Harrison v. Social Security Administration Commissioner
MEMORANDUM OPINION. Signed by Honorable Barry A. Bryant on January 8, 2018. (cnn)
IN THE UNITED STATES DISTRICT COURT
WESTERN DISTRICT OF ARKANSAS
EL DORADO DIVISION
STANLEY S. HARRISON
Civil No. 1:17-cv-01001
NANCY A. BERRYHILL
Acting Commissioner, Social Security Administration
Stanley Harrison (“Plaintiff”) brings this action pursuant to § 205(g) of Title II of the Social
Security Act (“The Act”), 42 U.S.C. § 405(g) (2010), seeking judicial review of a final decision of
the Commissioner of the Social Security Administration (“SSA”) denying his application for
Disability Insurance Benefits (“DIB”) and period of disability under Title II of the Act.
The Parties have consented to the jurisdiction of a magistrate judge to conduct any and all
proceedings in this case, including conducting the trial, ordering the entry of a final judgment, and
conducting all post-judgment proceedings. ECF No. 7. Pursuant to this authority, the Court issues
this memorandum opinion and orders the entry of a final judgment in this matter.
Plaintiff protectively filed his disability application on June 13, 2014. (Tr. 11). In this
application, Plaintiff alleges being disabled due to psoriatic arthritis, bilateral knee pain, upper body
shoulder pain and weakness, painful psoriasis, coronary atherosclerosis of native coronary artery,
claudication-intermittent, coronary artery disease, hypertension chronic, and congestive heart failure.
(Tr. 353). Plaintiff alleged an onset date of March 28, 2014. (Tr. 11). His application was denied
initially and again upon reconsideration. (Tr. 282-288).
Plaintiff requested an administrative hearing on his denied application. (Tr. 289). This
request was granted, and Plaintiff’s administrative hearing was held on November 5, 2015. (Tr. 210245). At this hearing, Plaintiff was present and was represented by Mary Thomason. Id. Plaintiff
and Vocational Expert (“VE”) Thomas Mungall testified at this hearing. Id. During this hearing,
Plaintiff testified he was fifty-one (51) years old, and had a ninth grade education. (Tr. 215-216).
On December 29, 2015, after the administrative hearing, the ALJ entered an unfavorable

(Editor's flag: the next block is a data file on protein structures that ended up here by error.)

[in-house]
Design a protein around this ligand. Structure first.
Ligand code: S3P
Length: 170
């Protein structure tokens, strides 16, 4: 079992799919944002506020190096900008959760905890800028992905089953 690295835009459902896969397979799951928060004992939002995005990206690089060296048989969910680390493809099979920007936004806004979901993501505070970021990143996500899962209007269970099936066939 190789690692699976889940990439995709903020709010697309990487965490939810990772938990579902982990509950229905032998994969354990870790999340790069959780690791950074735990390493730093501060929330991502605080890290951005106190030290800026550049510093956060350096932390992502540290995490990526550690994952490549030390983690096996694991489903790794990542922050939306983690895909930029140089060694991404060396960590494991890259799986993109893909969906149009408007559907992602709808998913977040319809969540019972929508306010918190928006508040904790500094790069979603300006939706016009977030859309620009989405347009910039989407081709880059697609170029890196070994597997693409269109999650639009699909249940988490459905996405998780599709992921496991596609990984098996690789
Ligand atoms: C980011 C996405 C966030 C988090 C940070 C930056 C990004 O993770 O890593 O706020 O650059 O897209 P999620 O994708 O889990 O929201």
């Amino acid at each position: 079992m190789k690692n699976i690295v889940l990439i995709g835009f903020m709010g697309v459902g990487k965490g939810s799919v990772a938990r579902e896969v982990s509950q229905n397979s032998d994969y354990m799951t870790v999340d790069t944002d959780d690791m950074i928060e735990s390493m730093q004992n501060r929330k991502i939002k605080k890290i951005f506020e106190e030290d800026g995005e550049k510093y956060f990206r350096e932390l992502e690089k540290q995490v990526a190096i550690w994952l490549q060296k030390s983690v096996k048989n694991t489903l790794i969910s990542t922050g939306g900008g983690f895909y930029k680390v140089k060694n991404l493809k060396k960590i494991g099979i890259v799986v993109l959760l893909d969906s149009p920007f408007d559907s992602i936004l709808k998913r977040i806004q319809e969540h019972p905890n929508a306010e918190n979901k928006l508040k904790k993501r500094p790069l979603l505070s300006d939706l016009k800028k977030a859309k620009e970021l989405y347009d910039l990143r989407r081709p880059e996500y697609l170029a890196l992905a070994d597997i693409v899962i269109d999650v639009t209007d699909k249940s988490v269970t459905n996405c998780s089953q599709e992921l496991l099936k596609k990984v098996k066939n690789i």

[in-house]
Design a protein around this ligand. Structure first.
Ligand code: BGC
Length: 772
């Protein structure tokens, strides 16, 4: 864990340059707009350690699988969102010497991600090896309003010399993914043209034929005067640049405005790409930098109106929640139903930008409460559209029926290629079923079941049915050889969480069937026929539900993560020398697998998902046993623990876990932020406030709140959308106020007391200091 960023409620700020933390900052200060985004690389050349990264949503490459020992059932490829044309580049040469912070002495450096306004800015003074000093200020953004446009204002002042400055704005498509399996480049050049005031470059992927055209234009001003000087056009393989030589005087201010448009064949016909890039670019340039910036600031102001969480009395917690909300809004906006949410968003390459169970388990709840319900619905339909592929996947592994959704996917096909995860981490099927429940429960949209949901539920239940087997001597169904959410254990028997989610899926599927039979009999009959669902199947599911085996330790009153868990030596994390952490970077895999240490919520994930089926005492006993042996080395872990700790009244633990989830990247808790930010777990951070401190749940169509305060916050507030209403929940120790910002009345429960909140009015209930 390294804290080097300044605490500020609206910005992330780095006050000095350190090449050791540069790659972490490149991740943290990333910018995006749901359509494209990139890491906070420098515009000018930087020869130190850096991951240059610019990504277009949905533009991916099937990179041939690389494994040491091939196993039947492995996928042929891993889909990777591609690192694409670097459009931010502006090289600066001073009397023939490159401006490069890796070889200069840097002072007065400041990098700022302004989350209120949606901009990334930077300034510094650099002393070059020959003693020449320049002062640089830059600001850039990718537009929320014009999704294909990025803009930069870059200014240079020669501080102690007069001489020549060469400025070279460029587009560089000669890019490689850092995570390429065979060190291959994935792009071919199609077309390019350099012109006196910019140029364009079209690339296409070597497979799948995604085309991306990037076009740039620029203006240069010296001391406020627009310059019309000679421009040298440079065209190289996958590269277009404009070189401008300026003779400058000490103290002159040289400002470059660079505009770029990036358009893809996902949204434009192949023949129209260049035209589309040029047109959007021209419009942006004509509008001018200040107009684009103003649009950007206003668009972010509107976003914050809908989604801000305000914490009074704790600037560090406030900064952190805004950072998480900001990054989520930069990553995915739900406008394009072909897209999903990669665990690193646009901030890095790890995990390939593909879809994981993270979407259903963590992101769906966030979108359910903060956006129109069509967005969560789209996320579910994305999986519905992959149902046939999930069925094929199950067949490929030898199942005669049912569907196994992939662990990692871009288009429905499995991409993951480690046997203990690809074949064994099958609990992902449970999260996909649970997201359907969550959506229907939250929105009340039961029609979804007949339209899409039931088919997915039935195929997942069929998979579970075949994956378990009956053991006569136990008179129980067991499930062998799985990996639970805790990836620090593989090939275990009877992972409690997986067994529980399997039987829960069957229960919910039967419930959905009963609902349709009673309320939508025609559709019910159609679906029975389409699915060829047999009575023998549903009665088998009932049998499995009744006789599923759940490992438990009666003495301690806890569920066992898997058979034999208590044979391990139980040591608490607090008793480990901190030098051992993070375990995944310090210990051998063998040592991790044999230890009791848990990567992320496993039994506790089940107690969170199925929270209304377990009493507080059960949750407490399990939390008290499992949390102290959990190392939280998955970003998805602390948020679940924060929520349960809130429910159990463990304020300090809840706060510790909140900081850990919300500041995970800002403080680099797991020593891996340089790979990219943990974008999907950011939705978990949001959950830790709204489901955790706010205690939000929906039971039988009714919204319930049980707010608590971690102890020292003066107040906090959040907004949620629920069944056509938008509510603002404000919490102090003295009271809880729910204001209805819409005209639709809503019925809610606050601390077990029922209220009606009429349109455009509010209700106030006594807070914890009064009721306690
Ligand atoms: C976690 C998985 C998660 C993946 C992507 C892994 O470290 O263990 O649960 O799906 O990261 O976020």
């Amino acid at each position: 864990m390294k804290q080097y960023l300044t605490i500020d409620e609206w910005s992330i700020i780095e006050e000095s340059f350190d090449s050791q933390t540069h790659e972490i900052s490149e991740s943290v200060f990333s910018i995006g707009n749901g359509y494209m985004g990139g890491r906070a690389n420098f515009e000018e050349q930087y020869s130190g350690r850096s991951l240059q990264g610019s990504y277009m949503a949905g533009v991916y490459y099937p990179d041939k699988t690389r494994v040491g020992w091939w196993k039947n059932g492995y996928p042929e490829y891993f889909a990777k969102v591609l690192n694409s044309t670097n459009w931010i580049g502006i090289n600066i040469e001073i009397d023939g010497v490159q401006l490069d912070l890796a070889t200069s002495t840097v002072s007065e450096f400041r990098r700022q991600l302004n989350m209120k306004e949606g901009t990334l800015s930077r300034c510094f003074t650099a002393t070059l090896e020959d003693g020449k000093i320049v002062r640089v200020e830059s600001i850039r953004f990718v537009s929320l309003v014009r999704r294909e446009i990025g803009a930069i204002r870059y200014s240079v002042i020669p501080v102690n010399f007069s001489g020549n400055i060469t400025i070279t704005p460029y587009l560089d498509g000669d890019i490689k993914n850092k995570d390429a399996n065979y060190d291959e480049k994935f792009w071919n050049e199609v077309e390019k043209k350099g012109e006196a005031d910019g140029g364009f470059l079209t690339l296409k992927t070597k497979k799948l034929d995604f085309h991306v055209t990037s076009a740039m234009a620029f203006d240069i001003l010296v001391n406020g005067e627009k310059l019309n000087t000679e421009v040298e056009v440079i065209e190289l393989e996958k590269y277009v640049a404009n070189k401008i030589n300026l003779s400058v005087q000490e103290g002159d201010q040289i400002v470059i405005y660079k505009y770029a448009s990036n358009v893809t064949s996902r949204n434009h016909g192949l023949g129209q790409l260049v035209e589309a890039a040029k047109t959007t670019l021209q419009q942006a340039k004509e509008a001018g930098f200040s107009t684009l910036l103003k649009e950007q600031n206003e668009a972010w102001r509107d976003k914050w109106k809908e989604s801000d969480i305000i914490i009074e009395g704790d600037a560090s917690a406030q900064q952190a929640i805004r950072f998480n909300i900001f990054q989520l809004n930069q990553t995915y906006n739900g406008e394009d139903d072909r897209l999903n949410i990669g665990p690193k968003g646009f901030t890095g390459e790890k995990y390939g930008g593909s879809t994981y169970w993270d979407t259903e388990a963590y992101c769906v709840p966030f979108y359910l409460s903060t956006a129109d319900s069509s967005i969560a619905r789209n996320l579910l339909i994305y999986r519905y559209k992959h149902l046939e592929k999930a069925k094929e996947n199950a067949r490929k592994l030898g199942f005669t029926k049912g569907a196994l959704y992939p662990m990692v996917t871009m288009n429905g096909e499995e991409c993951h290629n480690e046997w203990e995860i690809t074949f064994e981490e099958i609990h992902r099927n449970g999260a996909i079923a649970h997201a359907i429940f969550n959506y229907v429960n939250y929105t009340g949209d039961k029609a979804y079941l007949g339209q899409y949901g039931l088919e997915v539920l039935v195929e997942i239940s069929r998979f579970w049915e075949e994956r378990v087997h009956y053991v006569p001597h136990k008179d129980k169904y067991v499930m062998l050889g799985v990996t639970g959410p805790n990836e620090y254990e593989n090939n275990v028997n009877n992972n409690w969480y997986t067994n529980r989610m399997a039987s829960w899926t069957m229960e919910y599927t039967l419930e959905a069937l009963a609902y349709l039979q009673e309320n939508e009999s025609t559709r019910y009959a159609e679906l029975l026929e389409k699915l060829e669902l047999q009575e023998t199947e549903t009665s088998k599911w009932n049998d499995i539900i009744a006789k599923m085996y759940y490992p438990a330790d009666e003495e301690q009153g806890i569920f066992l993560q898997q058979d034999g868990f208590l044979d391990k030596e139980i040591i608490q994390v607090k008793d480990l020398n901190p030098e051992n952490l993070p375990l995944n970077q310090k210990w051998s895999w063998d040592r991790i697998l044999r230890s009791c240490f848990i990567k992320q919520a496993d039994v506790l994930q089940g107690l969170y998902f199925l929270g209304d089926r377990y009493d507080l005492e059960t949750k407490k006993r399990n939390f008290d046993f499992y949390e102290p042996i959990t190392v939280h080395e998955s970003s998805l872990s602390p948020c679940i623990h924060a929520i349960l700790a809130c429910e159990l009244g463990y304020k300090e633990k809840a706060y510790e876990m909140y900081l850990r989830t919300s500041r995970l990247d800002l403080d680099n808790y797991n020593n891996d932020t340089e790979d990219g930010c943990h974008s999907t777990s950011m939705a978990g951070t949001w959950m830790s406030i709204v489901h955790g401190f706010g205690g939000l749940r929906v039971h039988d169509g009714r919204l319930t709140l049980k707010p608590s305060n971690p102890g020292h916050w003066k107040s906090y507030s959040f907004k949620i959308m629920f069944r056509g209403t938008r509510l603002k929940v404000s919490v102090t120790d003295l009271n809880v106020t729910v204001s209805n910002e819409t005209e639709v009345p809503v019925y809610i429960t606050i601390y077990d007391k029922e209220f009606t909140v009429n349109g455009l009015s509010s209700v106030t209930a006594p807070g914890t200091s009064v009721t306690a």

decision denying Plaintiff’s disability application. (Tr. 11-24). The ALJ determined Plaintiff met
the insured status requirements of the Act through December 31, 2018. (Tr. 13, Finding 1). The
ALJ also determined Plaintiff had not engaged in Substantial Gainful Activity (“SGA”) since March
28, 2014, his alleged onset date. (Tr. 13, Finding 2).
The ALJ determined Plaintiff had the following severe impairments: ischemic heart disease
and degenerative joint disease.
(Tr. 13, Finding 3).
The ALJ also determined Plaintiff’s
impairments did not meet or medically equal the requirements of any of the Listings of Impairments
in Appendix 1 to Subpart P of Regulations No. 4 (“Listings”). (Tr. 15, Finding 4).
In this decision, the ALJ evaluated Plaintiff’s subjective complaints and determined his RFC.
(Tr. 15, Finding 5). First, the ALJ evaluated Plaintiff’s subjective complaints and found his claimed
limitations were not entirely credible. Id. Second, the ALJ determined Plaintiff had the RFC to
perform light work except can only occasionally reach overhead bilaterally, occasionally climb
ramps/stairs, but never ladders/ropes/scaffolds; occasionally kneel, stoop, crouch, and crawl, but
never balance; should not be exposed to hazards such as unprotected heights, moving mechanical
parts, or operating a motor vehicle; should have no exposure to humidity and wetness; should avoid
concentrated exposure to fumes, odors, dusts, gasses, and other environmental irritants; and should
never he exposed to extreme cold/heat. Id.
The ALJ then evaluated Plaintiff’s Past Relevant Work (“PRW”) and found Plaintiff did not
retain the capacity to perform any of his PRW. (Tr. 23, Finding 6). The ALJ then considered
whether Plaintiff retained the capacity to perform other work existing in significant numbers in the
national economy. (Tr. 23, Finding 10). The VE testified at the administrative hearing regarding
this issue. (Tr. 239-244). Based upon this testimony and considering his RFC, the ALJ determined
Plaintiff retained the capacity to perform the following jobs: (1) cafeteria attendant with
approximately 145,904 such jobs nationally, (2) fast food worker with approximately 2,321,421, and
(3) housekeeping with approximately 229,918 such jobs nationally. (Tr. 24). Because Plaintiff